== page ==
Credit where it’s due – pretty much everything I’ve used here, I learned from Mel The Terrain Tutor and Luke Fellowes of Lukes Affordable Paint Service. If you’re interested in building better terrain, these two gentlemen are an invaluable resource and I urge you to check them out without delay!
So recently, inspired by the release of the new edition of 40k and the 30th anniversary of the original game, Dan & I staged the classic “Battle At The Farm” scenario with DIY minis and some specially built terrain constructed using the techniques we learned from watching the two aforementioned YouTube channels. Our first attempts using polystyrene and foamboard in place of our previous stalwarts of cardboard and paper mache yielded up these:
Pleasantly surprised, to be truthful. Of course, the problem when you have a nice shiny (figuratively – I seal with a matt finish, yo) new terrain piece is that it makes your other pieces look a bit crap by comparison
So being Skinflint to the core, we decided rather than buy a load of new stuff, we’d just revisit the stuff we had and try and get it looking better. Step 1 was ruined buildings, so I’ll walk you through the “upcycling” process.
- – The Original Piece
This is a ruined building made from the carcass of a wine box (the dispenser nozzle went to make the Vrilfire thrower in the ASV Dauntless, by the way) – basic cardboard frame with a bit of paper mache added to make a crater edge, suggesting a building hit by an artillery strike. Not terrible I suppose, but certainly nothing to show off. So, inspired by The Terrain Tutor’s “Ruined Buildings” series and the stunning work of 3T Studios, I set off to make some improvements.
2. – Basing and Texturing
‘The original piece was mounted on cardboard that had inevitably warped over time, so my first step was to saw off an appropriately sized MDF square (wear a dust mask for this, MDF dust is NOT something you want to inhale – especially if Papa Nurgle has blessed you with asthma, like he has me..). This got bevelled with a DIY knife to create a slope rather than a sharp step, and I sanded it down to smooth the edges.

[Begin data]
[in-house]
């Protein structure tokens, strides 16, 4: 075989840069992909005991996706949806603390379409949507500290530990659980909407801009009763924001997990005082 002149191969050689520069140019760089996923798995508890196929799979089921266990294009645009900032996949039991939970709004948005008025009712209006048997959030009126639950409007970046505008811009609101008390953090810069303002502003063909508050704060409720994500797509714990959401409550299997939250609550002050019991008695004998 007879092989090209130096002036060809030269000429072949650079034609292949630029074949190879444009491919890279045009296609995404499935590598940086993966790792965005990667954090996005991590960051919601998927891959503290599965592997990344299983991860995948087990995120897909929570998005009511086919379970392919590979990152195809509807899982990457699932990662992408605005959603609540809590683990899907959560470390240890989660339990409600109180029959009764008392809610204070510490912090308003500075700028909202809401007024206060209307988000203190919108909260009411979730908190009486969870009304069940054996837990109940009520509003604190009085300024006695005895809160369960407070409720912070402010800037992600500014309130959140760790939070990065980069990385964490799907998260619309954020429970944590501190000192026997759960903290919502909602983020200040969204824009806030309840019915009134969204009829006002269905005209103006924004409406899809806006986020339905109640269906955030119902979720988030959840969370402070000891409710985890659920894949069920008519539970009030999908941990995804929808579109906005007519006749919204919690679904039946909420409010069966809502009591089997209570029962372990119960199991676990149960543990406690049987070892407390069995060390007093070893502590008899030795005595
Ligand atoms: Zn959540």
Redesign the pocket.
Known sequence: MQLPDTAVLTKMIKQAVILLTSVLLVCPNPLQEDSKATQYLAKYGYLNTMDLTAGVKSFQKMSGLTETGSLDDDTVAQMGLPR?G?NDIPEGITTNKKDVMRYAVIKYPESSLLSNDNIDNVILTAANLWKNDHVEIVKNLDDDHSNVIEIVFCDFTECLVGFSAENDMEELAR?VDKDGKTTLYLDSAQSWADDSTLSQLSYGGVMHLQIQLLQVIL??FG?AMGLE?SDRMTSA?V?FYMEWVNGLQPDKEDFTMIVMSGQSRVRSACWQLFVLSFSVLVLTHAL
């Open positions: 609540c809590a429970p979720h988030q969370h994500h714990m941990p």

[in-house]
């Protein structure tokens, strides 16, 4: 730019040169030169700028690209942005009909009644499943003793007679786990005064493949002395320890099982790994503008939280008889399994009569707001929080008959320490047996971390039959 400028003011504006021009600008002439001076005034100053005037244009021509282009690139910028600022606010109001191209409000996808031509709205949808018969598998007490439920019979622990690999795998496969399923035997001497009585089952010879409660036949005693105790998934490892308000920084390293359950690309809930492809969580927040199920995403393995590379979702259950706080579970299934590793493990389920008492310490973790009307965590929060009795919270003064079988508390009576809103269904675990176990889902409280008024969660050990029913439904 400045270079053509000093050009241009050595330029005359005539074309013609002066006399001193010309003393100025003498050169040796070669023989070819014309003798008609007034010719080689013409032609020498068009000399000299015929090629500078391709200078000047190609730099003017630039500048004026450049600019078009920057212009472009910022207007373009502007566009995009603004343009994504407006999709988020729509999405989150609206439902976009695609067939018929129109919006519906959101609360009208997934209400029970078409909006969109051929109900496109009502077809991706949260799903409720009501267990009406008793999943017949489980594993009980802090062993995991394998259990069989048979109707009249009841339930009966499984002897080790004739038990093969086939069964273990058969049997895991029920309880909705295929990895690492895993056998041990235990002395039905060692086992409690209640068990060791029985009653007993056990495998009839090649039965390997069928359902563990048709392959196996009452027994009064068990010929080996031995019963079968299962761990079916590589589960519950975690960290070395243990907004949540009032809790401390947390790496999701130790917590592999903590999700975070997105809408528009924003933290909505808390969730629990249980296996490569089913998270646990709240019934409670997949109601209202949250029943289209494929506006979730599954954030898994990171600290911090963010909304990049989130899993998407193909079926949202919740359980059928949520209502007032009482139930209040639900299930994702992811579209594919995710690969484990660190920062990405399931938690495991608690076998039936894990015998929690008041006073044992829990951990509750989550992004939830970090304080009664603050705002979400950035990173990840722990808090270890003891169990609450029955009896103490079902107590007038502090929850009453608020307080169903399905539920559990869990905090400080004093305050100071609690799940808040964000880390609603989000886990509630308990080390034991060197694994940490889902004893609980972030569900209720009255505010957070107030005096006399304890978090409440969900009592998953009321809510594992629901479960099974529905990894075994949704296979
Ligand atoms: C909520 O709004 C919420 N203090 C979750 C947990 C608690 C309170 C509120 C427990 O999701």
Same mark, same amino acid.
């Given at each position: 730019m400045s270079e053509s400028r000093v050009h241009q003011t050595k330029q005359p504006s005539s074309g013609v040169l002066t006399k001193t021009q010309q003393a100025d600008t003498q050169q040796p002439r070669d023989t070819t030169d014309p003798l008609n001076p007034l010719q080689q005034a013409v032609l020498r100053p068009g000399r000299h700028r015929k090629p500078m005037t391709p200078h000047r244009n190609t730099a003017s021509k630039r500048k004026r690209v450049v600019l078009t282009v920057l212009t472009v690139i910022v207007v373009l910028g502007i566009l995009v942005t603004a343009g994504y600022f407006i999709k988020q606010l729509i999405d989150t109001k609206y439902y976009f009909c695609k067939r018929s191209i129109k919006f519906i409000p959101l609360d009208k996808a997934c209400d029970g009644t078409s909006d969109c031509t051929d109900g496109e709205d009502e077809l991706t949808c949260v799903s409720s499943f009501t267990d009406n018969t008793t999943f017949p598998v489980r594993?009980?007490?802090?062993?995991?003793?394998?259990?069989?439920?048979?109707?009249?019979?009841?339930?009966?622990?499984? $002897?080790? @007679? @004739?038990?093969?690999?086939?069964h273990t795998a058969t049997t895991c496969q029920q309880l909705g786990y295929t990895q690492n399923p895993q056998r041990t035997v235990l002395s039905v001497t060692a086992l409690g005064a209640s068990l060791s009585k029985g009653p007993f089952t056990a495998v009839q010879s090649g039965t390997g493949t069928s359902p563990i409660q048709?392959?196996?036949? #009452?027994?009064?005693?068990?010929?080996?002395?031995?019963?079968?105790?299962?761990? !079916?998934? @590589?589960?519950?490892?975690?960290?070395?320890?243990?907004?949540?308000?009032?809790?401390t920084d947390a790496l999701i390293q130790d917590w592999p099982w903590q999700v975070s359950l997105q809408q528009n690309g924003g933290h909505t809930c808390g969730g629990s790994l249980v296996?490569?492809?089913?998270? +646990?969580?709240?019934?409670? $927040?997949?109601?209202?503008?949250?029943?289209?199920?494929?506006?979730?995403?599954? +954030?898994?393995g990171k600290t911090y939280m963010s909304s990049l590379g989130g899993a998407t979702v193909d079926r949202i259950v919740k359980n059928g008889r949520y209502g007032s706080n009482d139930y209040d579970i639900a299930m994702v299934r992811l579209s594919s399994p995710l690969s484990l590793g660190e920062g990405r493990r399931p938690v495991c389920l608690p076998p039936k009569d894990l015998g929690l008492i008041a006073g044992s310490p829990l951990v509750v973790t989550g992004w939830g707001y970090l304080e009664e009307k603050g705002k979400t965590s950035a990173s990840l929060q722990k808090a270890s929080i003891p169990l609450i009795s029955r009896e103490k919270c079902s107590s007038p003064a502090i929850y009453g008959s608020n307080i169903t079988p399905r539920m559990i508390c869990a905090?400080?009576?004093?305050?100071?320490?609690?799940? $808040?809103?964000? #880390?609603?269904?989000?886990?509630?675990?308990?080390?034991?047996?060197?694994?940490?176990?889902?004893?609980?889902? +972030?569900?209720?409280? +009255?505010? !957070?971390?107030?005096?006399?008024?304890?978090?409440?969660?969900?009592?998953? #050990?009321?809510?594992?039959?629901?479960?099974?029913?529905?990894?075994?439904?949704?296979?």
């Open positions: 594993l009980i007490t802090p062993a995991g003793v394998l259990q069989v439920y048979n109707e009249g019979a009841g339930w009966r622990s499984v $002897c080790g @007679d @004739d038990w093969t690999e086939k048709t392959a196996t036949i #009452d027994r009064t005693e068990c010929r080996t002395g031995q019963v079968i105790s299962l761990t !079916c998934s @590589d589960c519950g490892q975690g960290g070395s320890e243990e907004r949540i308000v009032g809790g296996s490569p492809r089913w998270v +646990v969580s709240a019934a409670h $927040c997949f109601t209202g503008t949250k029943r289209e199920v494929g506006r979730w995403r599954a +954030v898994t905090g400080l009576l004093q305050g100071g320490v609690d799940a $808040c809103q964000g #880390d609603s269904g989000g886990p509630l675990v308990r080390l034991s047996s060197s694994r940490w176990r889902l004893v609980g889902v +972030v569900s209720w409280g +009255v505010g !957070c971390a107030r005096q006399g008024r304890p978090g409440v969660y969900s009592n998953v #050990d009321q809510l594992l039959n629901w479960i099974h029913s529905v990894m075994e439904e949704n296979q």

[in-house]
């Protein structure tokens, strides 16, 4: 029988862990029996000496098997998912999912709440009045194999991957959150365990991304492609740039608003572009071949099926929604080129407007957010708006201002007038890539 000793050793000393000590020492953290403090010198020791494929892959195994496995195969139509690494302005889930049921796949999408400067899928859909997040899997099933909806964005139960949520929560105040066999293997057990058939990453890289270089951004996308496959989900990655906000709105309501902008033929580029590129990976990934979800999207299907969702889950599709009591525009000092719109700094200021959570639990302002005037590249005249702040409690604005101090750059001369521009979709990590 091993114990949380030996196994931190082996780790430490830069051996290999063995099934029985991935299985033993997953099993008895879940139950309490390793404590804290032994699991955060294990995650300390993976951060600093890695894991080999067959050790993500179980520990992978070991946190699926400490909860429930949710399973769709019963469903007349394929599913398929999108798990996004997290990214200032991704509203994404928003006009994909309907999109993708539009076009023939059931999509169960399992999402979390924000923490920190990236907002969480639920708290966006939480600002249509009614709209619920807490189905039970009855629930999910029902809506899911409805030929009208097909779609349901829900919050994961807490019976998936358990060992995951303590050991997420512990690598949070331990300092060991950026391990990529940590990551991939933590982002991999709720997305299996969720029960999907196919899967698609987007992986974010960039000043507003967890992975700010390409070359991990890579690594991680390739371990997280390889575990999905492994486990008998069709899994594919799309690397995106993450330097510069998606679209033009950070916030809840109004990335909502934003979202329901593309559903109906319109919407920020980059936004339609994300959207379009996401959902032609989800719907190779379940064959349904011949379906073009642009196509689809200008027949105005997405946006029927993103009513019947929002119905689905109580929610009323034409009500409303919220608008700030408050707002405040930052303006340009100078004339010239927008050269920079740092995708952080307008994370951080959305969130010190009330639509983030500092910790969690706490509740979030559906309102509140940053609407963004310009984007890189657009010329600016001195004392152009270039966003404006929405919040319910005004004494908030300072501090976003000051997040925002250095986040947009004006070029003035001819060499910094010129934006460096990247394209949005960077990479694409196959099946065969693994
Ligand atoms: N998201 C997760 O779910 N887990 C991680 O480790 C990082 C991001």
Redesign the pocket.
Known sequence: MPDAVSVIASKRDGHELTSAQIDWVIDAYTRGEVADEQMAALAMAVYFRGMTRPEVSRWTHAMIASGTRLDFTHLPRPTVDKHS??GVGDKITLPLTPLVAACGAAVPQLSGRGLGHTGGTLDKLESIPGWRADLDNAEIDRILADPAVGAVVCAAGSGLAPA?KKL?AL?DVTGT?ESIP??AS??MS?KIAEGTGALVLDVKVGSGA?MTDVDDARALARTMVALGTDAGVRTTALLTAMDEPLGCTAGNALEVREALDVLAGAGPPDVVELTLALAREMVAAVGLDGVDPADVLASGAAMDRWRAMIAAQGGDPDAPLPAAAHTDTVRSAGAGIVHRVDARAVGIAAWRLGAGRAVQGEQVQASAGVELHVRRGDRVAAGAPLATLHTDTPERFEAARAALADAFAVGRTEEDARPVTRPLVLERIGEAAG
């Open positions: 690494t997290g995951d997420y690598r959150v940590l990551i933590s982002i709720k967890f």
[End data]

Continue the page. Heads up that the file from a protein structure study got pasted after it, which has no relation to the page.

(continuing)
Next up, I glued the piece down onto the base using regular PVA, weighted it down with various bits and pieces, and when the glue had dried I scooped filler (spackle, if you’re in the US) and used it to smooth out any gaps between cardboard and MDF base. I then started making the piece a bit more interesting – extra walls from foamboard off cuts, a bit of sprue as a fallen girder, filler sculpted into crater adges – and then went to my go-to rubble material – cat litter! I dosed this in generous quantities, puddles of PVA glue in the corners and pushed into the filler too. Check some pictures of ruined buildings in places like Stalingrad to get a feel for where rubble is likely to build up.
I also used cocktail sticks pushed into the filler in the walls to represent rebar rods, and some chopped up guitar strings to represent torn and broken cabling (cheers Mel!).
3. – Painting
Spray black with cheap £1 matt black car spray paint.
Using a combination of stippling, overbrushing, and drybrushing, I worked up three layers of grey – all cheap emulsion sample pots from Wilkinsons, I used City Break for the base tone, then drybrushed Granite Dust and Cloud Burst for the final highlight (pallet recommended by Lukes Affordable Painting Service, I believe)
Next up came earth tones – a series of browns, cheap acrylic craft paint gradually lightened. I actually chose my paints by watching a 3T studios video tutorial and ordering the exact same ones off Ebay! Who says you have to be original?
4. – Flocking and Detailing
Next up, I put flock all around the edges of the piece to ensure it blends with the board and in the corners and basically anywhere i figured grass might realistically grow. I used Jarvis flock, JTF 2 as my mid tone, JTF 1 as my highlight and JTF3 for the dark mossy corners (again, credit to the Terrain Tutor there)
5. – Finishing Up
Final touches! Coarser flock to represent bushes and my secret ingredient – dust from the garage floor! Sprayed the flock with PVA and drizzled it strategically, before spraying another layer of PVA to seal the piece, then finally hit it with a spray of gloss and then matt varnish to ensure durability.
And there we have it! One ruined building – over the past couple of weeks we’ve gone through our ruined pieces and performed the same process, and the result is a rather impressive looking ruined village, hopefully able to represent anything from the Northern German plains of the 1950s, to the world of Hyperia, to any number of 23rd century human colonies, to the grim darkness of the 41st millenium!
So, til next time, stay tuned, stay thrifty, and we’ll continue the terrain odyssey…